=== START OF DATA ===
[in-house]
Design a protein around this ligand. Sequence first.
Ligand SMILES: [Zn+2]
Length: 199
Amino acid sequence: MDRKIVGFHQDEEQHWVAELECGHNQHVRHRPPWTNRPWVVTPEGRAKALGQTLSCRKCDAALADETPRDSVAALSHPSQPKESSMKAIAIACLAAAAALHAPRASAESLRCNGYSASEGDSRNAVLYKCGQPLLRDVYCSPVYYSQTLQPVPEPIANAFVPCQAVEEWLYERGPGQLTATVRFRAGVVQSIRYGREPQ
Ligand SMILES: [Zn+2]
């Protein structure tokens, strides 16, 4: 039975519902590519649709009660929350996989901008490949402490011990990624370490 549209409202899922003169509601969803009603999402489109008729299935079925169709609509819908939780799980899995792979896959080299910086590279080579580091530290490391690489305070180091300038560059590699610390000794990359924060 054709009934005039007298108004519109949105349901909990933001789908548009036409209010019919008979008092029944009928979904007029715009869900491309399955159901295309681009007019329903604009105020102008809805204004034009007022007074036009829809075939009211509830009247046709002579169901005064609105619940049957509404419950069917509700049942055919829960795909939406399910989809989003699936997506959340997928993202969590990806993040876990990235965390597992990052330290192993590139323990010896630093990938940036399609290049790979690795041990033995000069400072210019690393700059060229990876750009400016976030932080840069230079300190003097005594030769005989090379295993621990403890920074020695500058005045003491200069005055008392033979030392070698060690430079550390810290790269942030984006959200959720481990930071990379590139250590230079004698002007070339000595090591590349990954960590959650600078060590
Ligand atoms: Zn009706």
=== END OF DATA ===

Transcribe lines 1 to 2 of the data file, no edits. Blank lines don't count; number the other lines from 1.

[in-house]
Design a protein around this ligand. Sequence first.